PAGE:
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Thursday, Jun 1, 2023

Change on the Menu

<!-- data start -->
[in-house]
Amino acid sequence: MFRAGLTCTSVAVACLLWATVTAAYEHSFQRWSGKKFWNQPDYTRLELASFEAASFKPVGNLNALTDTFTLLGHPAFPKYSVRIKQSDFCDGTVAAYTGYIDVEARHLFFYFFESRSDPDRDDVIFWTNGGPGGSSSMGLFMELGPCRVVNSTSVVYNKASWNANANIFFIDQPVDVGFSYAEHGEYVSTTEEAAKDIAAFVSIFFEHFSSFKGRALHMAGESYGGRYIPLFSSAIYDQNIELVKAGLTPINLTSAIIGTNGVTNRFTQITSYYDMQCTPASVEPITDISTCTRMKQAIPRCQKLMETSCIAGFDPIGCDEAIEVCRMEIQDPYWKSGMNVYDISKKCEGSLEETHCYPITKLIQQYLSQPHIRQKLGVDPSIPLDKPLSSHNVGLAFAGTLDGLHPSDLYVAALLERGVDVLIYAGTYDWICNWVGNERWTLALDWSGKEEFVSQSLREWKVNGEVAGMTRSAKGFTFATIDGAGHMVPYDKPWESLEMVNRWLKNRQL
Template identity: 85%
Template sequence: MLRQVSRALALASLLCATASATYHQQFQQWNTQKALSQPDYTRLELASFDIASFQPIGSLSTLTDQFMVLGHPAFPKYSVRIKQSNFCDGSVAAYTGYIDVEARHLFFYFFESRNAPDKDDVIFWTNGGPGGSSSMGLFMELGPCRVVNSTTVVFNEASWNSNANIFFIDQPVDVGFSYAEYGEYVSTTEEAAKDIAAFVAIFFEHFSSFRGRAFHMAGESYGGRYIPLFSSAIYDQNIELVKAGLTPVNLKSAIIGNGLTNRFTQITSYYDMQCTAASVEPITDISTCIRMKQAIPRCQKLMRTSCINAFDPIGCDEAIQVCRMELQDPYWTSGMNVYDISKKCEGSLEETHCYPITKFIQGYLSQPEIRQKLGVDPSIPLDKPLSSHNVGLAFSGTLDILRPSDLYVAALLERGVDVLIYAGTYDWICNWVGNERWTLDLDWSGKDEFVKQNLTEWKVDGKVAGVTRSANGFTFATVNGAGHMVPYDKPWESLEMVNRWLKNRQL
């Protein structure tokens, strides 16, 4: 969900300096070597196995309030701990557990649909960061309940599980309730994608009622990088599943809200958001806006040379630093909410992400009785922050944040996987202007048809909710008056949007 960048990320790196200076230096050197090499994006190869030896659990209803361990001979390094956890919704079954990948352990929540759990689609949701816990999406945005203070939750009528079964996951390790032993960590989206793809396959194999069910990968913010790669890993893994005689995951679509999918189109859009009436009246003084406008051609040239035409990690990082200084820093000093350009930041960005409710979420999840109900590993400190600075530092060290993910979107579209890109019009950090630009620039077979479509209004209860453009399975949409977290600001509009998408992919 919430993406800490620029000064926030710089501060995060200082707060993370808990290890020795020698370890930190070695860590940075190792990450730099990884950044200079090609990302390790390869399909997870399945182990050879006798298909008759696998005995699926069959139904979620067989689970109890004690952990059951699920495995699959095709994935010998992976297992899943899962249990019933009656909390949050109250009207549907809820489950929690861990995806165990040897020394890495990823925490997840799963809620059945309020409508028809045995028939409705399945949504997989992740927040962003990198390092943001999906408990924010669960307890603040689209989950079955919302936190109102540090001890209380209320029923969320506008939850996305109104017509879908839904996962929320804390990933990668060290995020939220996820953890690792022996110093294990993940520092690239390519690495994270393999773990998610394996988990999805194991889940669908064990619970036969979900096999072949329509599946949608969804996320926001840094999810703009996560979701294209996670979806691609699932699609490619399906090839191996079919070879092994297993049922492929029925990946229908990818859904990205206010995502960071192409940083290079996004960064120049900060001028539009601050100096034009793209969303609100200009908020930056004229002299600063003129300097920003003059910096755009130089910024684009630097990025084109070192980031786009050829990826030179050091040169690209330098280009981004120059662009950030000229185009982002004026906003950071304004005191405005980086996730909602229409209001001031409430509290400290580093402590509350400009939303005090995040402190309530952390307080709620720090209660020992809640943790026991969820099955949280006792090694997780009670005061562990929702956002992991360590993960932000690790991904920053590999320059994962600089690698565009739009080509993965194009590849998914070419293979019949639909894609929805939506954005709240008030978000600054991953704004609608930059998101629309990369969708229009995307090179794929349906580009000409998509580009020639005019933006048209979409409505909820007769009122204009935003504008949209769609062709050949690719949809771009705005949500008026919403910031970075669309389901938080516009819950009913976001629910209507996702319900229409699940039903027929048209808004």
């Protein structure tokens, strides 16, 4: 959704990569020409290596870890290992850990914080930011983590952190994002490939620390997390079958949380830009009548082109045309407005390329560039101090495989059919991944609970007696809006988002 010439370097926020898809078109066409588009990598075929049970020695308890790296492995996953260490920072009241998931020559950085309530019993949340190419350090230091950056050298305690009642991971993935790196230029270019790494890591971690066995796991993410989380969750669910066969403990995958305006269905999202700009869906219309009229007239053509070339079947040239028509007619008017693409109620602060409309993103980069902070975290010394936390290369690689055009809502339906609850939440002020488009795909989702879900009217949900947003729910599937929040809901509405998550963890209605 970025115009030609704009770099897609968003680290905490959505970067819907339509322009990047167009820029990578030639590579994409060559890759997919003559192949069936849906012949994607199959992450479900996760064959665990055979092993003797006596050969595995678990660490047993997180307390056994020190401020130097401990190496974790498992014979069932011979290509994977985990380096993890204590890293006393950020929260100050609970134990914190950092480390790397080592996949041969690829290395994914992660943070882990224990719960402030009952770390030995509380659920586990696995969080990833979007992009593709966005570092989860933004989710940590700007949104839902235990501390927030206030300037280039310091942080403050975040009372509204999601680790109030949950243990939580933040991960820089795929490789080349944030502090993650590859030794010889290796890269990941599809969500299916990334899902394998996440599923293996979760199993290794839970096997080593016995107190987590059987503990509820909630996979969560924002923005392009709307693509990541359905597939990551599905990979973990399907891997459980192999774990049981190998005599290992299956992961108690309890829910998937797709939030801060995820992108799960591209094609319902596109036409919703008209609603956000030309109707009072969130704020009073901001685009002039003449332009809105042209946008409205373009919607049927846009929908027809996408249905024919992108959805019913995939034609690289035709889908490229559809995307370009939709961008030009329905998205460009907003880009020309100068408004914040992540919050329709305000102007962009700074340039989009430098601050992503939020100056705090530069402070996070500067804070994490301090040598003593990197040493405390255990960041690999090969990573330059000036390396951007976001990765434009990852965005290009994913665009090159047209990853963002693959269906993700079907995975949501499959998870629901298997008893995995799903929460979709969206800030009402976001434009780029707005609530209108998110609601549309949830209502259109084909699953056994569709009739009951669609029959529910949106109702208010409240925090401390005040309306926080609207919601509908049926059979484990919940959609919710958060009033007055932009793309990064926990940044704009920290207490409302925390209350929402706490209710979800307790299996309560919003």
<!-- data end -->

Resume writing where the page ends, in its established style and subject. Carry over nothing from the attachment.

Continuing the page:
After two years of sluggish sales, Applebee’s Grill & Bar recently unveiled a series of television ads featuring its old signature tagline: “Eatin’ good in the neighborhood.” But reintroducing the well-known slogan isn’t the only change happening at Applebee’s and its parent company, Glendale-based Dine Brands Global Inc., which also owns IHOP. As part of a broader rebranding effort, the company changed its name from DineEquity Inc. last month and announced a detailed plan to invest in its two restaurant chains and return to growth. The company reported annual revenue of $605 million last year, down nearly 5 percent from 2016. Adjusted earnings were $73.7 million, down about a third from the previous year. “We are a company in transition,” said Dine Brands Chief Executive Steve Joyce, during a conference call with investors last month. “The new name Dine Brands reflects a shift in our culture, our way of thinking and a new strategy.” Joyce, the former chief executive at Choice Hotels International Inc., which owns Best Western and Holiday Inn., replaced long-time Dine chief executive Julia Stewart in November. In the earnings call, Joyce told investors the company would be slashing its quarterly dividend by 35 percent to help subsidize new investment into its brands. To oversee the planned turnaround, the company hired nine additional members to its leadership team, including John Cywinski, a former executive at Chili’s parent company Brinker International Inc. who now serves as president of Applebee’s. So-called “casual dining” restaurants such as Applebee’s, Chili’s and TGI Fridays have struggled to attract customers in recent years. Sales at the most popular casual dining chains increased only 0.1 percent in 2017, according to a report by foodservice consulting firm Technomic. Compare that to the 8.9 percent growth at top “fast-casual” chains including counter-service restaurants such as Panera Bread or Chipotle. “The competitive landscape has changed quite a bit in the past 10 or 15 years,” said David Henkes, senior principal at Technomic. “You also have a changing consumer and an environment where big brands of all types are out.” Increased competition from newer fast-casual restaurants that offer quick service and comparable quality at lower prices has hurt chains like IHOP and Applebee’s, Henkes said. He added that many consumers, especially millennials and those even younger, have come to prefer smaller independent restaurants, which they view as providing healthier or higher quality menu options. To re-establish its place in an evolving restaurant landscape, Dine Brands aims to modernize the overall dining experience at its restaurants while also returning to what consumers know them for best. Core values In 2016, Applebee’s launched a $75 million campaign to entice millennial customers who had turned their backs on the chain to return. The restaurant installed artisanal wood-fired grills and replaced some of its popular menu items with higher-end options in conjunction with new advertising messages. The moves ultimately backfired, and the company reported that total sales at Applebee’s dipped 7 percent to $4.1 billion last year. IHOP’s sales stayed roughly flat at $3.2 billion. Restaurant sales are not directly attributable to Dine Brands and only affect the company’s total revenue through royalty payments from franchisees. Amy Mason, senior vice president of consumer insights at Dine Brands, said the company is investing in ways to better respond to what its primary customers expect from its restaurant chains. This includes bringing back popular menu items such as Applebee’s barbecued riblets and IHOP’s all-you-can-eat pancake deals. “We’re really getting to the core of what makes our brands great and makes the experience great for our guests,” said Mason. “That will continue to differentiate us over the coming months and years.” That’s not to say the company has given up on customers under the age of 34, who still make up 45 percent and 49 percent of the clientele at Applebee’s and IHOP respectively. But in a likely attempt to appeal to younger consumers who may be turned-off by family-style restaurants, Dine Brands plans to spend around $100 million to acquire smaller ethnic or health food chains by the end of the year or early next year. Mason said the company is looking to acquire brands that it can bring to scale quickly through its massive infrastructure and franchise network. “We have a rich cross section of franchisees who are looking to grow and invest their capital in new concepts,” she said. Take-out strategy To root out underperforming stores, Dine Brands will close 90 to 120 Applebee’s and IHOP locations in 2018. This comes after closing more than 100 stores last year. While the company’s 100 percent franchise model has helped reduce upfront costs and encouraged swift growth, the strategy has also made it difficult to ensure store locations are up to par. Henkes at Technomic said it’s essential for chain brands to negotiate strong franchise agreements with restaurant owners to grow sustainably. “The quality and level of control over your franchisees become extremely important because you have less control over a specific operation,” he explained. Mason said Dine Brands is putting a renewed focus on its franchise partnerships. “We’re working closely with our franchisees to make sure our guests’ experiences are fantastic and that they are delivering on the brand standard,” she said. Despite the closures, Dine Brands will open 10 to 15 Applebee’s and 85 to 100 IHOP locations in the U.S. and internationally. Many will be smaller “express” restaurants that mirror the fast-casual counter-service model. The plan is to open them in busy areas such as airports, shopping malls and universities that can’t accommodate traditional restaurants. Also, the company is looking to tap into the growing food delivery market. In November, it launched a mobile ordering app for IHOP deliveries and introduced a similar program for Applebee’s this month. “You’re seeing a change in behavior,” said Mason. “People are looking for greater convenience and they don’t have a lot of time or money. [With the apps] we’re trying to create a frictionless access to the brand for consumers wherever and whenever they want.” After the launch of the IHOP delivery app, the brand reported a nearly 25-percent increase in comparable to-go and delivery sales for the fourth quarter. But even with this early success, Dine Brands likely earns comparatively low margins on to-go orders while facing stiff competition from apps such as GrubHub, Henkes said. Still, investing smartly in all aspects of delivery – from quality packaging to the ordering process – could prove a successful growth strategy. “To be effective with delivery, you have to make sure you’re re-creating a great at-home experience for the consumer,” Henkes said. Utilizing customer data As with many large consumer brands, restaurant chains are increasingly turning to big data to give them an edge. Dine Brands plans to use the massive amounts of information it gathers about customers at its restaurants, through its digital rewards programs and on its mobile apps to better understand their dining habits and preferences. “As our guests opt in to various platforms, we are focused on using the information they give us to reinforce or enhance their experience,” said Chief Information Officer Adrian Butler. Butler’s team is using the data to build out a robust consumer insights platform as well as predictive analysis tools to help with decisions about menu options, restaurant locations and marketing campaigns. Whether through television ads or online, the company is using data to establish more targeted ways to reach consumers “A user might not watch TV, but he or she may engage through social channels,” he said. “The magic sauce for our marketing teams is taking the information and tailoring it to the place where our guests are going.” To win over consumers, Mason said Dine Brands needs to offer the best all-around value for their dollar. That means not only offering competitive prices, but re-establishing the family-friendly, neighborhood atmosphere that many customers associate with IHOP and Applebee’s.   “When you think about value, it’s not just about cost,” said Mason. “You want that experience of going to an Applebee’s and having everybody know your name.” There’s already evidence that consumers may be responding. Comparable same-store sales at Applebee’s were up 1.3 percent for the fourth quarter of last year after two years of steep declines, while sales at IHOP declined 0.4 percent over the same period. It also seems Wall Street has taken notice, as shares of Dine Brands gained 37.2 percent during last month alone. Still, casual-dining restaurants face an uphill battle to stay relevant amid evolving customer preferences. Applebee’s competitor Chili’s recently slashed almost half of its menu in attempt to increase food quality, while Outback Steakhouse is in the middle of an extensive remodeling effort to update the ambiance at many of its restaurants. While change is necessary, Dine Brands may also need to stick to its strengths if it hopes to outlast is it competitors. “You can’t be all things to all people, said Henkes. “You really have to focus on what you do best and differentiate yourself via that.”